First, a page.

In conclusion, dogmas are still common in today’s clinical practice and, by no means, are restricted to critical care medicine. Since absence of evidence is not automatically evidence of absence , a dogma per se is not questionable. However, we should focus on the implementation of evidence-based knowledge in daily clinical practice and be open minded to adapt our strategies once new evidence that is not in harmony with a previous belief becomes available. While expert opinions are essential in the absence of evidence and in tailoring individual therapies, these opinions must stand the test of challenging colleagues. If the answer to the question “Why did you apply this specific therapy to this patient?” is simply and exclusively “Because we always did it this way”, then it might be time to take a second look at the current evidence. In this regard, the original definition of evidence-based medicine by David Sacket and colleagues should be considered: “It’s about integrating individual clinical expertise and the best external evidence” . Accordingly, RCTs and meta-analyses are important, but not the one and only truth. Similarly, individual experience is crucial, but the experience of the “eminence” should not substitute the external evidence .
As Sir Arthur Conan Doyle famously stated: “Once you eliminate the impossible, whatever remains, no matter how improbable, must be the truth.” This implies that we should be (self-)critical and open minded to ensure that science, rather than fiction, governs our actions in critical care.
The author thanks Dr. Christoph Messer and Dr. Mario Pahl from DBM Wissen schafft GmbH who provided medical writing services on behalf of Fresenius Kabi.
Publication of this supplement article was supported by Fresenius Kabi.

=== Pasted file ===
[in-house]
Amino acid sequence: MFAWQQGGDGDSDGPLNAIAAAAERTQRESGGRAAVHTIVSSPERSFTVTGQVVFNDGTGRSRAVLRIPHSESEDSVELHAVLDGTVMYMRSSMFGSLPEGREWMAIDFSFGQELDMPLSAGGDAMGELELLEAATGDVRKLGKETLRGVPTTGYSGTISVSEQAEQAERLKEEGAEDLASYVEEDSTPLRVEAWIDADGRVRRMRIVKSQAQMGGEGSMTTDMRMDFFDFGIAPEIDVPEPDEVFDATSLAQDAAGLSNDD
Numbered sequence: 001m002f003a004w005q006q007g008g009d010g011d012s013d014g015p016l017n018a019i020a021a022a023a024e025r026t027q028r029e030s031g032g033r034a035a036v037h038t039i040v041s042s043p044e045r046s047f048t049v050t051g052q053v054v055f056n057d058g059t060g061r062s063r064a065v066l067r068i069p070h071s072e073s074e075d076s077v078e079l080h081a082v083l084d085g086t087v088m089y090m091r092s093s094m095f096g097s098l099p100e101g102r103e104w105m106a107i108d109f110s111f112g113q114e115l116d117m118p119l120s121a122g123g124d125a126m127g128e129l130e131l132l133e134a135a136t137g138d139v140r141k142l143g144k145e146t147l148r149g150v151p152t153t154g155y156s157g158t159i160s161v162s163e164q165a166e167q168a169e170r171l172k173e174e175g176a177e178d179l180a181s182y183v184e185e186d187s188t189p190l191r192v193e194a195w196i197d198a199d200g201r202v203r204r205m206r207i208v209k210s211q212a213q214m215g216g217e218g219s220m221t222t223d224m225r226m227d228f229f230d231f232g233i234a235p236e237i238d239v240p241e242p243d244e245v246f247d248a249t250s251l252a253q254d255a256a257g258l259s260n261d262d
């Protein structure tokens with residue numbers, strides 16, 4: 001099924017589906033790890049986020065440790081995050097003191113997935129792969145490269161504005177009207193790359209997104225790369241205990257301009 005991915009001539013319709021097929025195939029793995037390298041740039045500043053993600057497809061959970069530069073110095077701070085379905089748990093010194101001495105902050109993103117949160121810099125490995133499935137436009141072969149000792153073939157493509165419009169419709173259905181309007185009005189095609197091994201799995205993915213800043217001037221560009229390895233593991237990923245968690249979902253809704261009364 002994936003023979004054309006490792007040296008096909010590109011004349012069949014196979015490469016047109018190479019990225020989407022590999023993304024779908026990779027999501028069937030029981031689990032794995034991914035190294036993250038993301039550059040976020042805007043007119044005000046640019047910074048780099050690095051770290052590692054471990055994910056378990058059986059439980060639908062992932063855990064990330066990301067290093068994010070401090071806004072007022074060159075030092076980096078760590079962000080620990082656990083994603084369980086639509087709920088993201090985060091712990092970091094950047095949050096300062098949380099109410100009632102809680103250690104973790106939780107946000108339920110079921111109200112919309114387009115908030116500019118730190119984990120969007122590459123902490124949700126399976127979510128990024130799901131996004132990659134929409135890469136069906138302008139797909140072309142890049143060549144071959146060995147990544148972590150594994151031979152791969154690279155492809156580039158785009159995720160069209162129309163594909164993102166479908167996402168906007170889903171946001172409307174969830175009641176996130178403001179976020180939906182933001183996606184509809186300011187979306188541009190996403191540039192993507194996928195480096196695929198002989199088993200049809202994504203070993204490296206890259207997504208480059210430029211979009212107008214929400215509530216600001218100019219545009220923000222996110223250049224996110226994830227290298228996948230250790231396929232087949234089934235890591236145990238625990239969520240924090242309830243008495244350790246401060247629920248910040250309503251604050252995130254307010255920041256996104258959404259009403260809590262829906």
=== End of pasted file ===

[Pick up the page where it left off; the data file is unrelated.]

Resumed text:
Availability of data and materials
About this supplement
This article has been published as part of Critical Care, Volume 23 Supplement 1, 2019: Future of Critical Care Medicine (FCCM) 2018. The full contents of the supplement are available at https://ccforum.biomedcentral.com/articles/supplements/volume-23-supplement-1.
MW designed and revised the manuscript and gave final approval of the version to be published.
Ethics approval and consent to participate
Not applicable for this review article.
Consent for publication
This manuscript does not contain any individual’s person data.
MW is the Chief Medical Officer of Fresenius Kabi AG.
Springer Nature remains neutral with regard to jurisdictional claims in published maps and institutional affiliations.
- 2.Kidney Disease: Improving Global Outcomes (KDIGO) Acute Kidney Injury Work Group. KDIGO clinical practice guideline for acute kidney injury. Kidney Int Suppl (2011) 2012;2:1–138.Google Scholar
- 9.Semler MW, Self WH, Wanderer JP, et al.; SMART Investigators and the Pragmatic Critical Care Research Group. Balanced crystalloids versus saline in critically ill adults. N Engl J Med 2018;378(9):829–839.Google Scholar
- 12.Trujillo-Zea JA, Aristizábal-Henao N, Fonseca-Ruiz N. Lactated Ringer’s vs. normal saline solution for renal transplantation: systematic review and meta-analysis. Colombian J Anesthesiol. 2015;43:194–203.Google Scholar
- 15.Reignier J, Mercier E, Le Gouge A, Boulain T, Desachy A, Bellec F, et al. Effect of not monitoring residual gastric volume on risk of ventilator-associated pneumonia in adults receiving mechanical ventilation and early enteral feeding: a randomized controlled trial. JAMA. 2013;309:249–56.CrossRefGoogle Scholar
Open AccessThis article is distributed under the terms of the Creative Commons Attribution 4.0 International License (http://creativecommons.org/licenses/by/4.0/), which permits unrestricted use, distribution, and reproduction in any medium, provided you give appropriate credit to the original author(s) and the source, provide a link to the Creative Commons license, and indicate if changes were made. The Creative Commons Public Domain Dedication waiver (http://creativecommons.org/publicdomain/zero/1.0/) applies to the data made available in this article, unless otherwise stated.